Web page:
Bangladesh and Myanmar have agreed to take assistance from the UN refugee agency for the repatriation of hundreds of thousands of Rohingya Muslims, Bangladesh Foreign Minister Abul Hassan Mahmood Ali said on Saturday.
More than 600,000 Rohingya sought sanctuary in Bangladesh after Myanmar's military launched a brutal attack on their villages in Rakhine State on Aug. 25.
The governments Bangladesh and Myanmar signed a pact on Thursday settling the terms for the repatriation process, and the return of the Rohingya to Myanmar is expected to start in two months.
Uncertainty over whether the United Nations High Commissioner for Refugees (UNHCR) would have a role had prompted rights groups to insist that outside monitors were needed to safeguard the Rohingya's return.
"At present, conditions in Myanmar's Rakhine State are not in place to enable safe and sustainable returns," UNHCR said Friday.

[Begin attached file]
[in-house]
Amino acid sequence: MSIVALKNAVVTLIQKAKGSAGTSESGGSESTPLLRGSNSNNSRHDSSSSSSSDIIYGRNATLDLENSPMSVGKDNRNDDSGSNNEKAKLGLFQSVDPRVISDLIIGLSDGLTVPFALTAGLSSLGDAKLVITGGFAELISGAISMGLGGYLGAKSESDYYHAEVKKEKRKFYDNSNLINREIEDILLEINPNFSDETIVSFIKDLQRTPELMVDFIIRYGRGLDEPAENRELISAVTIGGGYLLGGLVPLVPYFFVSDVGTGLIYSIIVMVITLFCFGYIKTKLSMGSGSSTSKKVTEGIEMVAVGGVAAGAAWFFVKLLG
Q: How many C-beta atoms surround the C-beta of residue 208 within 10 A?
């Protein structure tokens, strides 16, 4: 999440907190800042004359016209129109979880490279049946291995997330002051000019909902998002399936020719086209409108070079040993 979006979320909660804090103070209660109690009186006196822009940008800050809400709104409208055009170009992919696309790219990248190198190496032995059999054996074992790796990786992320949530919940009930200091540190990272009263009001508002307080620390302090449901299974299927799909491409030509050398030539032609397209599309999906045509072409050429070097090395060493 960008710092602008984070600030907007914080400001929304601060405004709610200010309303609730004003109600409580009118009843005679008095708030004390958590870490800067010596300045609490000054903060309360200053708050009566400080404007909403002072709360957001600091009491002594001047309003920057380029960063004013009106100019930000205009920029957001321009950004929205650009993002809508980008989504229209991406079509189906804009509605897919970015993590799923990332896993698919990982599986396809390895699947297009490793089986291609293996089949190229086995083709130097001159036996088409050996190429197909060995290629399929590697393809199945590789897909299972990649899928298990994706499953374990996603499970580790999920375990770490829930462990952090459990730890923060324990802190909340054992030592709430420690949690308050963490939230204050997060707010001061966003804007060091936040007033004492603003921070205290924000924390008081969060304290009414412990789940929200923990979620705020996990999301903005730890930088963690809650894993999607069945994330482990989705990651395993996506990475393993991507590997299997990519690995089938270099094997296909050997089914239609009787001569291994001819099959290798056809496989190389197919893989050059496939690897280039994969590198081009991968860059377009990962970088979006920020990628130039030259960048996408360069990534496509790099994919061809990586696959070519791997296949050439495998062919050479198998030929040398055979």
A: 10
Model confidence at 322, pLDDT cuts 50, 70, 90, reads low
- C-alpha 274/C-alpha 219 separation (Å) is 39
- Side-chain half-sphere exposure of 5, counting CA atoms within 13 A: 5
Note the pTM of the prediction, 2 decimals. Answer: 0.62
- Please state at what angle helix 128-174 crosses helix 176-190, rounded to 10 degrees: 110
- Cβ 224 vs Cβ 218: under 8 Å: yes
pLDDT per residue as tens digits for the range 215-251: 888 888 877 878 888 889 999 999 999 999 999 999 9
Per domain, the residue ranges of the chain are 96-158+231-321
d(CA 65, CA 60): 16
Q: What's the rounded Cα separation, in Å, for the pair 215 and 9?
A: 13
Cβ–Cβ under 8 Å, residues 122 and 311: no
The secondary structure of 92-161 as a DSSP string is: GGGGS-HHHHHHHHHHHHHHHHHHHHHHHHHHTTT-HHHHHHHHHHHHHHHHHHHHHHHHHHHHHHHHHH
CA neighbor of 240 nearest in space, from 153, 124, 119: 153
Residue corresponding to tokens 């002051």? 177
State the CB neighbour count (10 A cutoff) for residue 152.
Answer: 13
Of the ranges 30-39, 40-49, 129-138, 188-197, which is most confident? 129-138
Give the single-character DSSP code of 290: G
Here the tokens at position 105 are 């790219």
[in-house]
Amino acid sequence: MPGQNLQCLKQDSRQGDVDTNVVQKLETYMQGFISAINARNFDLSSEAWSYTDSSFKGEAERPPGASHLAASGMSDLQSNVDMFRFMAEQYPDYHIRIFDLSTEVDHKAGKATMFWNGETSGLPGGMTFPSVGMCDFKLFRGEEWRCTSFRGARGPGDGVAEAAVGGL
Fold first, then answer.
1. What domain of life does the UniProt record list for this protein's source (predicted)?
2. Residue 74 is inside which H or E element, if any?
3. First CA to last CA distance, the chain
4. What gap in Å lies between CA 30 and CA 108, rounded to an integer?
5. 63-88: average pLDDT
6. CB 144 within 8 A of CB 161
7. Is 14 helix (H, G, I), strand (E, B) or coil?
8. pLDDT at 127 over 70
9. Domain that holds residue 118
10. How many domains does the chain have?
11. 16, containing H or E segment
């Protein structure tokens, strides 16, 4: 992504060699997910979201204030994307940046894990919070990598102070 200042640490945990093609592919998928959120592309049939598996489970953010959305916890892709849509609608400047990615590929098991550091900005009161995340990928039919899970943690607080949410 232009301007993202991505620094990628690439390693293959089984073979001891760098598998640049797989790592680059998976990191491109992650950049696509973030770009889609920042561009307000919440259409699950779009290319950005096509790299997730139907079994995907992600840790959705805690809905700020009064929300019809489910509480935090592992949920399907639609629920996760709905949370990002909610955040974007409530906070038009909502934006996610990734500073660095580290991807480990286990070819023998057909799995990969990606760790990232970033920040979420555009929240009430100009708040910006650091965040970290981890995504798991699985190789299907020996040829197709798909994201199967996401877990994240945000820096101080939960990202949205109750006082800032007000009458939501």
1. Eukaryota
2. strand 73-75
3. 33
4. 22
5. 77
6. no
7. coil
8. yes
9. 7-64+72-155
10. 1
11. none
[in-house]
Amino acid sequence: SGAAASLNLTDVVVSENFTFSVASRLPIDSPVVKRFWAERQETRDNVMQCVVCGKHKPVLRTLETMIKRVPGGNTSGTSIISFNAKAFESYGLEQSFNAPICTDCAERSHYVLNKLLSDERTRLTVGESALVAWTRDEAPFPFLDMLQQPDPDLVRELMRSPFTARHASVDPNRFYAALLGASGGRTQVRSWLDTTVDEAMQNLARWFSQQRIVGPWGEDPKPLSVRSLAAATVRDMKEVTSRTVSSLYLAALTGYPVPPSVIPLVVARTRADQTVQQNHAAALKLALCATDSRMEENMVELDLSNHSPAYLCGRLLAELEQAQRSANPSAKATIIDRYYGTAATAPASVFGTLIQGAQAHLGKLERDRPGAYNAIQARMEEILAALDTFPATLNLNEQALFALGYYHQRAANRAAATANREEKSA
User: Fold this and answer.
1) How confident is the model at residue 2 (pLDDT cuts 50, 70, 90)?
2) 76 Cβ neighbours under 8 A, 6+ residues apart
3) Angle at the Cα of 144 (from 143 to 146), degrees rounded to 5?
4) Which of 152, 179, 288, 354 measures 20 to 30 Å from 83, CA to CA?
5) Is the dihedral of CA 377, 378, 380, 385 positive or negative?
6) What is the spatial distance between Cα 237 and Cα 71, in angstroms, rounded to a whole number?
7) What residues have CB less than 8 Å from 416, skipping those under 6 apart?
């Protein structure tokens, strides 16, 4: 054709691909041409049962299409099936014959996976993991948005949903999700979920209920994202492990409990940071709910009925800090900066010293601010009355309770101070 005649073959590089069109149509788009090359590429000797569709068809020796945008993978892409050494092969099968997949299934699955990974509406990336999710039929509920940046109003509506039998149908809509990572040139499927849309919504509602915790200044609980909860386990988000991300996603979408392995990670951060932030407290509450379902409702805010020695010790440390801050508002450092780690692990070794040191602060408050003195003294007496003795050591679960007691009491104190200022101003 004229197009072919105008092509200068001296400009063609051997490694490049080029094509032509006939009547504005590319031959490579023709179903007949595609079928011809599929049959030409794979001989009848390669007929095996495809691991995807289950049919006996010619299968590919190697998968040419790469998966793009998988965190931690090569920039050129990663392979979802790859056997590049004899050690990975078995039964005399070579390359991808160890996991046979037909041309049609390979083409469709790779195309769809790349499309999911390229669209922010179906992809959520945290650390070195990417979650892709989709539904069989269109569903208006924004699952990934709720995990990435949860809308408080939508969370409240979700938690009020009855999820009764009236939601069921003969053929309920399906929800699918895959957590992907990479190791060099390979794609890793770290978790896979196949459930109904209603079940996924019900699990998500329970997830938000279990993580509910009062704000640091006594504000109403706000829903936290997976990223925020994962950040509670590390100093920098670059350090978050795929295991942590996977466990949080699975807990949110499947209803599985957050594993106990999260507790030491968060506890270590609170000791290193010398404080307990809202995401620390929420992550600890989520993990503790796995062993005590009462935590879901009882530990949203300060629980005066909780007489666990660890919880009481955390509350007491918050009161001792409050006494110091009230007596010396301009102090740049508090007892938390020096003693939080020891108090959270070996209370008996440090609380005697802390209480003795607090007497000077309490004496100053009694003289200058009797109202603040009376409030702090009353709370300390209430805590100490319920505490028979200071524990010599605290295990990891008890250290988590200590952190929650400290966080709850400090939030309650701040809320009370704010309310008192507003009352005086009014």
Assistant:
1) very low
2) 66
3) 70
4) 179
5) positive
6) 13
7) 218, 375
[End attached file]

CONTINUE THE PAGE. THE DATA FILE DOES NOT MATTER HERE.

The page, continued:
But Ali told a news conference on Saturday that “the signing of the deal is a first step. The two countries will now have to work on more steps.”
"Both countries agreed to take assistance from the UNHCR in the Rohingya repatriation process," he said. "Myanmar will take its assistance as per their requirement."
A joint working group of the three parties will be formed within three weeks and the group will fix the final terms to start the repatriation process, said Ali.
"Our priority is to ensure their safe return to their homeland with honor," the minister said.
After repatriation, Rohingya will be kept at temporary shelters or camps near to their abandoned homes, he said.
"Homes have been burnt to the ground in Rakhine, that need to be rebuilt. We have proposed Myanmar to take help from India and China for building camps for them," the minister said.
The UN and United States have described the military's actions as "ethnic cleansing", and rights groups have accused Myanmar's security forces of atrocities, including mass rape, arson and killings.